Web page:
Small rural cities exhibit a form of nativism that is easier to encounter than it is in larger urban centers, though it is certainly there also. The kind of nativism I mean is the sort where a self-described native expresses surprise that you would want to continue living in their town after your assignment is completed because, “…after all, you are not a native. Remind me of where you came from. Why wouldn’t you want to go back home?”
I don’t think there is anything particularly mean-spirited about that, but it’s always made me curious. Is it a turf thing? This is my turf. You can sojourn with me for a season, but then you have to go. Is it a social status thing? Because I am a native I have certain rights and privileges that you cannot have. Sometimes it seems like simple wonder. I’m here because I don’t know where else to go, but you’ve chosen this place and I don’t get it. I’ve wondered about their parents, grandparents, or, in the case of some Eastern cities, their 17th and 18th century ancestors. They came as strangers to a strange land. Some combination of adventuresome spirit, need and courage either drove or seduced them into the unknown (in some cases it was the law chasing them). Does that spirit and courage die out after a generation or two?
Perhaps we are more a people of the land than we realize, and that deep roots are more than metaphors. Perhaps there is something within us that needs to be deeply rooted in some particular soil. Maybe that’s why so many rootless Americans are seeking out a real or imaginary ethnic heritage they can call their own, or trace back generations of ancestors until simple geometric progression has them related to a person of note they can now claim as theirs alone. Most of my ancestors, so I”m told, were Puritans, and I have no desire to adopt that ethnicity. If I had a choice, I’d just as soon discover Abraham, that old wandering Aramean, to be the ancestor I could claim. He seemed to know that any place where he was in companionship with God gave him all the roots he needed, and he was able to live comfortably among a wide variety of native peoples.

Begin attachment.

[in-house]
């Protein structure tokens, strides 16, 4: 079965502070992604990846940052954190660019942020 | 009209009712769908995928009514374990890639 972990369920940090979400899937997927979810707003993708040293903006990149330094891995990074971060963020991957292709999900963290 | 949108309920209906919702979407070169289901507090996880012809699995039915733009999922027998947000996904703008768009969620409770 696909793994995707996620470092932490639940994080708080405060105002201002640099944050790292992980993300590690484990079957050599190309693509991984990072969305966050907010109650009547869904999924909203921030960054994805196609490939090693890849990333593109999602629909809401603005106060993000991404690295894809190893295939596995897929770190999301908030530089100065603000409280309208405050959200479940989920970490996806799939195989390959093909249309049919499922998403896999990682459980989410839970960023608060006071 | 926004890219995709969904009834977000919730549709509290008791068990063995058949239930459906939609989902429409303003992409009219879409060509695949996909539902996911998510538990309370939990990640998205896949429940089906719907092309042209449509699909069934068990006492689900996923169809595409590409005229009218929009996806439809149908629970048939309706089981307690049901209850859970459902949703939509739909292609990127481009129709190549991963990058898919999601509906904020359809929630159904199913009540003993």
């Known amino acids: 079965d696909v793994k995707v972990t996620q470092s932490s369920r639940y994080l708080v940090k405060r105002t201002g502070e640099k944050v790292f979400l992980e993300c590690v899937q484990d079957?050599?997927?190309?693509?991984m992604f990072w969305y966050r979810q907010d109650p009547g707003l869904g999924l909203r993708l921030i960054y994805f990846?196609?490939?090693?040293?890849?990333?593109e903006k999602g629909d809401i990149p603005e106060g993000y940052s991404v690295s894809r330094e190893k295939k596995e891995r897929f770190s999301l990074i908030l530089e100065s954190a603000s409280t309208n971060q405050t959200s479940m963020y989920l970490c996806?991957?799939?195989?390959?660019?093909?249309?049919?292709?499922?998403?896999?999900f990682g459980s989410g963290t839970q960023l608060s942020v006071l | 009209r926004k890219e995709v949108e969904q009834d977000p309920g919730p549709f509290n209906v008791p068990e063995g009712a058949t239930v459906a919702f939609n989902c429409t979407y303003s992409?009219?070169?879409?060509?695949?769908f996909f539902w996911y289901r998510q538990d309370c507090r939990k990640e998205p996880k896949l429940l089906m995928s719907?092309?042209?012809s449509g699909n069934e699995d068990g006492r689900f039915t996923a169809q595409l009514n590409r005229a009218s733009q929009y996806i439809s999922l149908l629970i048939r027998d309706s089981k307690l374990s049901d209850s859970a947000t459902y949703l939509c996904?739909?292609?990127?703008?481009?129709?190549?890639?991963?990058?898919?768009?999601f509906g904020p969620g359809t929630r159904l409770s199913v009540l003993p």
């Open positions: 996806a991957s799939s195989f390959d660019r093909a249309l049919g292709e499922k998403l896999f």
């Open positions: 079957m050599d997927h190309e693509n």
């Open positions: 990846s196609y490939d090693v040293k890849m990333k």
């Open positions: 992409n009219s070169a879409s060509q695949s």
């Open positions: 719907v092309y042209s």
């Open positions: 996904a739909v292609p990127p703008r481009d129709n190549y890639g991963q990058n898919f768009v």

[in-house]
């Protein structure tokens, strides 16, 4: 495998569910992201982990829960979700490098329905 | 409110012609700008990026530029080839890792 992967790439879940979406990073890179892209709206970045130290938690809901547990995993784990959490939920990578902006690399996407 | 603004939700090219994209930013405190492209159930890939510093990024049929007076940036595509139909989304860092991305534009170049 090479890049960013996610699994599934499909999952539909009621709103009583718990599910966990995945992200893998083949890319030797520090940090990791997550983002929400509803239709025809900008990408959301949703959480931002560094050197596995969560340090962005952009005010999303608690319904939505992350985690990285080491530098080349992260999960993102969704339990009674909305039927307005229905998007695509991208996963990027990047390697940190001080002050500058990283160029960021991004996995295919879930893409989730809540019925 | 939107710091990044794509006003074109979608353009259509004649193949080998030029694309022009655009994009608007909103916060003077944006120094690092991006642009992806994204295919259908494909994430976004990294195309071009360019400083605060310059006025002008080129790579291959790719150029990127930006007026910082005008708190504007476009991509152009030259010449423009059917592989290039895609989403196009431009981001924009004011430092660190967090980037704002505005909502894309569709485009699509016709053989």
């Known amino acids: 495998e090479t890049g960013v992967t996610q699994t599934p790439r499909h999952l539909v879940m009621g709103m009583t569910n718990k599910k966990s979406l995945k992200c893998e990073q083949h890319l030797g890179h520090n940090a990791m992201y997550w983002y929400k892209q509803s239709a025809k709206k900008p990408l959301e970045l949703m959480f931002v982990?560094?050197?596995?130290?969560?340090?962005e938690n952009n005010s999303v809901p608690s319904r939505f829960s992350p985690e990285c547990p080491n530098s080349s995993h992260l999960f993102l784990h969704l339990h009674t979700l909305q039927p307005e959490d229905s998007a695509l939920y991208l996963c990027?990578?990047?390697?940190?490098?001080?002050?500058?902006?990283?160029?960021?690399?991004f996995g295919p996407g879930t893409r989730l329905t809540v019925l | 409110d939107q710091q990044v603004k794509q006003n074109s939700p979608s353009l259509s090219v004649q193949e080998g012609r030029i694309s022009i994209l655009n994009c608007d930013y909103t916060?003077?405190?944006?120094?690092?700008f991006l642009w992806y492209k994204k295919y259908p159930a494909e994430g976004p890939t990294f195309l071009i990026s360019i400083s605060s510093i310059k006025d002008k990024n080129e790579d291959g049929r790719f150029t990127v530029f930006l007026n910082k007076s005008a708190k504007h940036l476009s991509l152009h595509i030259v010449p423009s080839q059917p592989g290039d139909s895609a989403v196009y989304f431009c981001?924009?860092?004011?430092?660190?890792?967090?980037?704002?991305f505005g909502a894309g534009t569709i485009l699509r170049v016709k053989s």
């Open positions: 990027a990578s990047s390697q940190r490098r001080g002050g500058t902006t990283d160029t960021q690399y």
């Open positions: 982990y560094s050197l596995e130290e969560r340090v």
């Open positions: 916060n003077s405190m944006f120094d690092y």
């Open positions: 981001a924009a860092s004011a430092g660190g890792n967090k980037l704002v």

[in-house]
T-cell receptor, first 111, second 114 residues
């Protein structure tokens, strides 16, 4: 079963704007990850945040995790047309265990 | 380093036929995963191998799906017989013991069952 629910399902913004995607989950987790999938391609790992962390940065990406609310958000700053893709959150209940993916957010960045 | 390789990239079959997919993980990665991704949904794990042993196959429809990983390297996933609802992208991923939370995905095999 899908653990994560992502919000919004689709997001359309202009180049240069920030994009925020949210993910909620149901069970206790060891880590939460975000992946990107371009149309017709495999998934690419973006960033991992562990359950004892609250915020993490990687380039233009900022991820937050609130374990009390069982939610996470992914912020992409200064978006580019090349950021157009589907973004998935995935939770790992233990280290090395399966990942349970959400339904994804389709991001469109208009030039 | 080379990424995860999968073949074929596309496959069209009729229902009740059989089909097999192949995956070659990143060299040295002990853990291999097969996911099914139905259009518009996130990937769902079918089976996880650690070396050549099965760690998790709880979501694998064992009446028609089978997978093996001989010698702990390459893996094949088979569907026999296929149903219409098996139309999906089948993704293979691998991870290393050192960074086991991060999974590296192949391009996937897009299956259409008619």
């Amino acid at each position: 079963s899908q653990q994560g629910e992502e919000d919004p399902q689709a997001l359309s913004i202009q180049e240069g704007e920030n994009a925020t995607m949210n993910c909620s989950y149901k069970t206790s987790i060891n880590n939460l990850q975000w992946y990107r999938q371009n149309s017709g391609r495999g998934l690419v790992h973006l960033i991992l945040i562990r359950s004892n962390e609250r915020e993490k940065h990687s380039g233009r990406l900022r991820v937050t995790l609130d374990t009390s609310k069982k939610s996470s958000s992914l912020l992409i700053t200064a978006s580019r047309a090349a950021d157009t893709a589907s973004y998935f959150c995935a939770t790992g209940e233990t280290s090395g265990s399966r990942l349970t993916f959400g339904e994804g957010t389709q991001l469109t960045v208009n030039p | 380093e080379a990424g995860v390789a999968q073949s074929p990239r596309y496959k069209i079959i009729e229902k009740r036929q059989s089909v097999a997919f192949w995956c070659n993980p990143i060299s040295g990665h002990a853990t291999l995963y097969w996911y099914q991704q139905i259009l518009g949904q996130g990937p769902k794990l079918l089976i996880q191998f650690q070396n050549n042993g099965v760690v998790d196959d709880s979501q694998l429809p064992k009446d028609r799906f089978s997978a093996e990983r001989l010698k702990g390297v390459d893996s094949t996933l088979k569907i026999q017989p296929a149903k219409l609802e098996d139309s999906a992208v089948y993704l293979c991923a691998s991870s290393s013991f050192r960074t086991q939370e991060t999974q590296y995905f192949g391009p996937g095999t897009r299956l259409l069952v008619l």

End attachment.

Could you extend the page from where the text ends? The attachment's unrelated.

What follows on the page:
Maybe a future topic will have to be the sort of nativism that has serious political consequences. I’m talking about the semi-hysterical fear of large groups of new immigrants, whether legal or illegal. It might be interesting to make some guesses about what drives that hysteria.
In the meantime, let’s get back to celebrating the Resurrection of that guy from Nazareth (can anything good come from there?) to whom the authorities said, “We don’t know where you came from or who your father is, but why don’t you go back there and leave us alone,” shortly before they hung him.
Easter 2, the Sunday after Easter, is often called “Low Sunday.” I’ve never known why. One source says it is to contrast the rather ordinary celebration of this Sunday to the ‘high’ celebration of Easter Sunday. Popular wisdom says that its because the congregation sinks back to normal size after all the Easter only gang have reverted to their usual Sunday routine. My practice has been to continue the ‘high’ celebration of Easter, and my experience is that the church is normally more full than usual for several weeks after Easter. Easter 2 is often the one Sunday on which someone new to Christianity will make the tentative decision to give it a try for a while.